To sleep, perchance to dream -- William Shakespeare
Arianna wants us all to go to sleep, and she's not taking no for an answer.
She has a very clear message: without proper sleep life is harder, and what normally may be easeful can become like a weight around our necks. To help us see how many zzz's we've been missing out on, the effect that's having, and what to do when sleep is elusive, she's written The Sleep Revolution.
We've been taught to believe that overworking, even to the point of burnout, is the price one must pay in order to succeed. That mindset is at the heart of what Arianna calls a "national sleep crisis." After collapsing from exhaustion in 2007, she became a self labeled "sleep evangelist", saying, "everywhere I go, someone will pull me aside and, often in hushed and conspiratorial tones, confess, 'I'm just not getting enough sleep, I'm exhausted all the time,' or 'I don't remember the last time I wasn't tired.'"
But hope is not lost for chronic under-sleepers. Arianna's book highlights how both science and industry are now appreciating the drawbacks of the age-old motto "you snooze, you lose" versus the benefits of well-rested, quick-thinking productivity, by installing nap rooms at the office. In Arianna's words, "I must admit there was skepticism when we first put nap rooms in our New York offices in 2011. HuffPosters were reluctant to be seen walking into a nap room in the middle of a bustling newsroom in 'the city that never sleeps.' But now the rooms are perpetually full, and we're spreading the idea around the world, starting with our London office. I expect the nap room to soon become as universal as the conference room."
The Sleep Revolution argues that one of the simplest ways to get more restful rest is by sleeping in separate rooms from our newest cultural obsession. That's right, our smartphones. A 2015 survey showed that 71% of Americans sleep next to their smartphones, which not only cycles WIFI signals around the resting brain, but notifications and calls can interrupt sleep several times a night, preventing us from the all-important REM cycle of sleep.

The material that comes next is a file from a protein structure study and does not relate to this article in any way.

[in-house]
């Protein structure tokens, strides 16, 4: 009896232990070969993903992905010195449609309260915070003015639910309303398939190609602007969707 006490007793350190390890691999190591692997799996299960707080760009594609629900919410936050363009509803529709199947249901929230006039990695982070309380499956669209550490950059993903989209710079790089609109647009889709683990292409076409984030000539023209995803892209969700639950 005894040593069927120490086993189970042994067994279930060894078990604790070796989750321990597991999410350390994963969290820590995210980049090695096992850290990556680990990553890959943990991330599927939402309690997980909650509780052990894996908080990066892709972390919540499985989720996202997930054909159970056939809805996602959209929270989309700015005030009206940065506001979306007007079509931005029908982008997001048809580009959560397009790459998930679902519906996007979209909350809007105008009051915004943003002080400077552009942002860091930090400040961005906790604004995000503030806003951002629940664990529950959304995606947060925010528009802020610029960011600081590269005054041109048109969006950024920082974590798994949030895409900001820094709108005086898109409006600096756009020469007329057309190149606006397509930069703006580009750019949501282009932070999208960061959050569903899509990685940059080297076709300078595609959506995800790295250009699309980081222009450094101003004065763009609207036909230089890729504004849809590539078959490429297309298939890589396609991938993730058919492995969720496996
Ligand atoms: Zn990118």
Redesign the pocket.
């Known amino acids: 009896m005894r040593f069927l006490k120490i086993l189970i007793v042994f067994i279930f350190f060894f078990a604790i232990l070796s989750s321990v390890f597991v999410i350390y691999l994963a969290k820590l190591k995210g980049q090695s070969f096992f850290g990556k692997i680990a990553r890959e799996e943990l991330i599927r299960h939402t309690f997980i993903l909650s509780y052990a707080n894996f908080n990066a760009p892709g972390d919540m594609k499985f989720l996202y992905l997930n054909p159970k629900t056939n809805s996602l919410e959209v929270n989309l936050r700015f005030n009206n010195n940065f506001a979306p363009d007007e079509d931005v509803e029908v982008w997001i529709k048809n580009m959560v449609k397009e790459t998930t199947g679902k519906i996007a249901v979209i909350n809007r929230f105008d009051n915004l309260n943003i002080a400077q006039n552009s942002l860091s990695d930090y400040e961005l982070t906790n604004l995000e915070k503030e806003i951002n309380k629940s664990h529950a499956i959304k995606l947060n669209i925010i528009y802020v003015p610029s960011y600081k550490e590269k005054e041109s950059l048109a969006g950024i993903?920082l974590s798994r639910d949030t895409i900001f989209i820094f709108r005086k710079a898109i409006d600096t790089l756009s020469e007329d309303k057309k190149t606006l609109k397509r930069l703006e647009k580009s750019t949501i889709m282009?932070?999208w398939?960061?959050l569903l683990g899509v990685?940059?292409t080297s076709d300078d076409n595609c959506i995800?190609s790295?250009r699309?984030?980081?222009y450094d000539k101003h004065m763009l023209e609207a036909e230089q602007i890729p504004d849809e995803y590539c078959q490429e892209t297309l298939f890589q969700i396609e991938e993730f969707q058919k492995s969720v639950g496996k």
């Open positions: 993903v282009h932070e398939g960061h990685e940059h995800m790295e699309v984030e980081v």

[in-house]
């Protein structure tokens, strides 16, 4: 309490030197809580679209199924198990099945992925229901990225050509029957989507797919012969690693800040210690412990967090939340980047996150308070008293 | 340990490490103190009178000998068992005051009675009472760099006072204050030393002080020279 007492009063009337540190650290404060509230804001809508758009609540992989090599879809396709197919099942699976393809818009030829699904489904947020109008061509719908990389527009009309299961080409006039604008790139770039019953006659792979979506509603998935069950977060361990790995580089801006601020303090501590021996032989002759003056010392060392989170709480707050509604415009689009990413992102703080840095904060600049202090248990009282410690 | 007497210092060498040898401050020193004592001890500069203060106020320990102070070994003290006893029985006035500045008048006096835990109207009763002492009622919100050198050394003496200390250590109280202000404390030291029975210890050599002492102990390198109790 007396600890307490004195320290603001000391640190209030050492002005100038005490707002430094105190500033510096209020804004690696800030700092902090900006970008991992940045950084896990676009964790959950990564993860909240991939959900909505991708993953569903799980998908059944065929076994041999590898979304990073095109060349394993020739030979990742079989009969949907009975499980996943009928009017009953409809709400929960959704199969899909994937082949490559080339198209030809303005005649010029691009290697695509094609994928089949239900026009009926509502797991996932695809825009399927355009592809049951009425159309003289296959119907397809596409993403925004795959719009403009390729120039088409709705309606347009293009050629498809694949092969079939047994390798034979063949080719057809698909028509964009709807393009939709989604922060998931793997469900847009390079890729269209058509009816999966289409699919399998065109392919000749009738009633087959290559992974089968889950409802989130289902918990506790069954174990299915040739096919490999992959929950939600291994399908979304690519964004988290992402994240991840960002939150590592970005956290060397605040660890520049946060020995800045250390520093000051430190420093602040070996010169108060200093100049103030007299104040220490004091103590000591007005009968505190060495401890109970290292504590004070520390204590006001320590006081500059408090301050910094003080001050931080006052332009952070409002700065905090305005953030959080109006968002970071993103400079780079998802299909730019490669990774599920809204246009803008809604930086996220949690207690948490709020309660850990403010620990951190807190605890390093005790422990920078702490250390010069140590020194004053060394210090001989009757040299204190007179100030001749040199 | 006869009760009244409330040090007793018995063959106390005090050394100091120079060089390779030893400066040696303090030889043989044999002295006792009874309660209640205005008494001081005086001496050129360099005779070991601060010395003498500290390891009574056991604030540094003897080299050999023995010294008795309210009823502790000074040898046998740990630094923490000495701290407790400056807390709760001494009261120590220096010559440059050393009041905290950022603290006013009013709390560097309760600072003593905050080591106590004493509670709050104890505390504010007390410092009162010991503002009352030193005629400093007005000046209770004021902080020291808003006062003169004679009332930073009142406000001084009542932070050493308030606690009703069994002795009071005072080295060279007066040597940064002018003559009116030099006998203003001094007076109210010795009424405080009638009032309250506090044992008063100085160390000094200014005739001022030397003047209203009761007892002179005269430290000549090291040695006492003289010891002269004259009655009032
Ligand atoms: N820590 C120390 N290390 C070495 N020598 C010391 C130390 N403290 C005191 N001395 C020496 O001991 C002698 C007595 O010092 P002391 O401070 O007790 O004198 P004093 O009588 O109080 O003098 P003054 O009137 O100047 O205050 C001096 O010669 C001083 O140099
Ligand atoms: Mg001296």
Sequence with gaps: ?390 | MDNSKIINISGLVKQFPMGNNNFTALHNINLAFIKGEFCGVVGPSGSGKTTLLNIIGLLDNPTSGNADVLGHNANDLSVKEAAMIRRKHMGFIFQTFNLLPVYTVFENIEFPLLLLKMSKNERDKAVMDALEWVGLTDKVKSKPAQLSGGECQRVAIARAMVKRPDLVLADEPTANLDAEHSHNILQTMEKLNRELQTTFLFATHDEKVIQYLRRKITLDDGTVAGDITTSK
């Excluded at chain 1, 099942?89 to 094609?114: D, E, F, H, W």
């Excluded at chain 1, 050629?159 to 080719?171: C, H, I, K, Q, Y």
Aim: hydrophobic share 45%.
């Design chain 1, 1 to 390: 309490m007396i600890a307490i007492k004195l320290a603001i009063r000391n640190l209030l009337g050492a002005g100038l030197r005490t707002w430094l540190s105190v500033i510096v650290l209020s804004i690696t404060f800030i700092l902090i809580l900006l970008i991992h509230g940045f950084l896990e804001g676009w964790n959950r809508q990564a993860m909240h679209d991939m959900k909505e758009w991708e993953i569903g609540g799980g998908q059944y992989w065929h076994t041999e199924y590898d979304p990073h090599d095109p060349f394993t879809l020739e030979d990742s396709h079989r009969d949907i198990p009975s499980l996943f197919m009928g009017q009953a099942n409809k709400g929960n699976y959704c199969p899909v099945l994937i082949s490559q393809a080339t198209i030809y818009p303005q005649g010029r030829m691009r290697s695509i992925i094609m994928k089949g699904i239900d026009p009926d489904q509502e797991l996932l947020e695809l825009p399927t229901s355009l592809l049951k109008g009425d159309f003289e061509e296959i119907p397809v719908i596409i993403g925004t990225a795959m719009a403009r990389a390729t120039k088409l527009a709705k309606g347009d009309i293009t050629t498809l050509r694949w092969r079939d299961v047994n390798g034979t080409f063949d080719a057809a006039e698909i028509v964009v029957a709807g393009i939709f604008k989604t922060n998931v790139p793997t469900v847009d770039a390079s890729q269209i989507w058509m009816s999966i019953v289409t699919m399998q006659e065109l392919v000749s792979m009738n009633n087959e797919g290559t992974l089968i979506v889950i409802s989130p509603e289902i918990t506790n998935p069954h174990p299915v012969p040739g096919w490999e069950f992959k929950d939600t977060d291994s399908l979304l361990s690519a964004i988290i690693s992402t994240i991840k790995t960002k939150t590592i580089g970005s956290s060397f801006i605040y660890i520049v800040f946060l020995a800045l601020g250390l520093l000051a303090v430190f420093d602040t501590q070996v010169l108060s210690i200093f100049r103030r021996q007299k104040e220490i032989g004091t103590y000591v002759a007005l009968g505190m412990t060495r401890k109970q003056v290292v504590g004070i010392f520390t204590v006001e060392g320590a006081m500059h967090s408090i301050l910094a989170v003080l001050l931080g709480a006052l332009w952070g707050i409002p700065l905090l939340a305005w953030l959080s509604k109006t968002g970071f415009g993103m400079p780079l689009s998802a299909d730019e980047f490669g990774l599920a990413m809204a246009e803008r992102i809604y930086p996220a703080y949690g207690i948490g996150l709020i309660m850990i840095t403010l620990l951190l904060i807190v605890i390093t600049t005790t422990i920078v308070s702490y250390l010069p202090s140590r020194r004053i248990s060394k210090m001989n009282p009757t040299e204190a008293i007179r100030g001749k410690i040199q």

Arianna recommends, "When we walk through the door of our bedroom, it should be a symbolic moment that marks leaving the day, with all of its problems and unfinished business, behind us. When we wake up in the morning, there will be plenty of time for us to deal with our challenges, refreshed and recharged. I treat my transition to sleep as a sacrosanct ritual."
And if sleep is still elusive, Arianna offers us a window into her own sleeplessness routine, "When I'm really having trouble sleeping, or wake up with thoughts crowding my mind, I've found meditation to be a great remedy. If it's in the middle of the night, I remind myself that that's precisely when many meditation practitioners, like the Dalai Lama, do it; this both takes the stress out of my wakefulness and adds an extra layer of gratitude to my practice. I have some of my deepest meditation experiences and, inevitably, drift off to sleep at some point."
And in case you need a few more reasons to join Arianna's Sleep Revolution, lack of sleep has been proven to poorly affect creativity, memory consolidation, the ability to learn and solve problems, the ability to manage stress and anxiety, and a well-functioning immune system. Sleep deprivation has been found to have a strong connection with practically every mental health disorder we know, especially depression and anxiety.
After pouring through The Sleep Revolution, fostering more sleep at home seems like a no-brainer and there's no prescription needed. Small changes, beginning with dispelling the collective delusion that less sleep equals more productivity, can lead to big life shifts and may even make for a complete cultural sleep revolution...just as Arianna planned.